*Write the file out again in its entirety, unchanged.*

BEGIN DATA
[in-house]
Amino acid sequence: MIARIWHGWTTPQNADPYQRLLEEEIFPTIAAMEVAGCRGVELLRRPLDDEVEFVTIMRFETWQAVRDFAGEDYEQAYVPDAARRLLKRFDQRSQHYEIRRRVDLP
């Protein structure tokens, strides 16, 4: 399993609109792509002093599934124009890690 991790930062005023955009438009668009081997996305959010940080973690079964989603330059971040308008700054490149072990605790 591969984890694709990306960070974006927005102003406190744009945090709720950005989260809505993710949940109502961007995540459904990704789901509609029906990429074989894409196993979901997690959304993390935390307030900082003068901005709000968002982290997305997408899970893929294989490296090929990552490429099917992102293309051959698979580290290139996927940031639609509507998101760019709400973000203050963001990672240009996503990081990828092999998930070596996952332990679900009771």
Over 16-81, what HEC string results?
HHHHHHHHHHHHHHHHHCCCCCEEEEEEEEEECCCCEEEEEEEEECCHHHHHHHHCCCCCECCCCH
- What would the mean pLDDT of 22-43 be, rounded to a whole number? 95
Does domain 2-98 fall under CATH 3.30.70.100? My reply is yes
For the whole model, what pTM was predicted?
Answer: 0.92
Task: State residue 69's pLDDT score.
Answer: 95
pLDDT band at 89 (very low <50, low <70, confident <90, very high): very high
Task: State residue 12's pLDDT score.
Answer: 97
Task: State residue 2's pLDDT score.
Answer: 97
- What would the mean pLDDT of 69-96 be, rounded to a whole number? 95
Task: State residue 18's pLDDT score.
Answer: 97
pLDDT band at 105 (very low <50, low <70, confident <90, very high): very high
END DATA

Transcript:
[in-house]
Amino acid sequence: MIARIWHGWTTPQNADPYQRLLEEEIFPTIAAMEVAGCRGVELLRRPLDDEVEFVTIMRFETWQAVRDFAGEDYEQAYVPDAARRLLKRFDQRSQHYEIRRRVDLP
């Protein structure tokens, strides 16, 4: 399993609109792509002093599934124009890690 991790930062005023955009438009668009081997996305959010940080973690079964989603330059971040308008700054490149072990605790 591969984890694709990306960070974006927005102003406190744009945090709720950005989260809505993710949940109502961007995540459904990704789901509609029906990429074989894409196993979901997690959304993390935390307030900082003068901005709000968002982290997305997408899970893929294989490296090929990552490429099917992102293309051959698979580290290139996927940031639609509507998101760019709400973000203050963001990672240009996503990081990828092999998930070596996952332990679900009771």
Over 16-81, what HEC string results?
HHHHHHHHHHHHHHHHHCCCCCEEEEEEEEEECCCCEEEEEEEEECCHHHHHHHHCCCCCECCCCH
- What would the mean pLDDT of 22-43 be, rounded to a whole number? 95
Does domain 2-98 fall under CATH 3.30.70.100? My reply is yes
For the whole model, what pTM was predicted?
Answer: 0.92
Task: State residue 69's pLDDT score.
Answer: 95
pLDDT band at 89 (very low <50, low <70, confident <90, very high): very high
Task: State residue 12's pLDDT score.
Answer: 97
Task: State residue 2's pLDDT score.
Answer: 97
- What would the mean pLDDT of 69-96 be, rounded to a whole number? 95
Task: State residue 18's pLDDT score.
Answer: 97
pLDDT band at 105 (very low <50, low <70, confident <90, very high): very high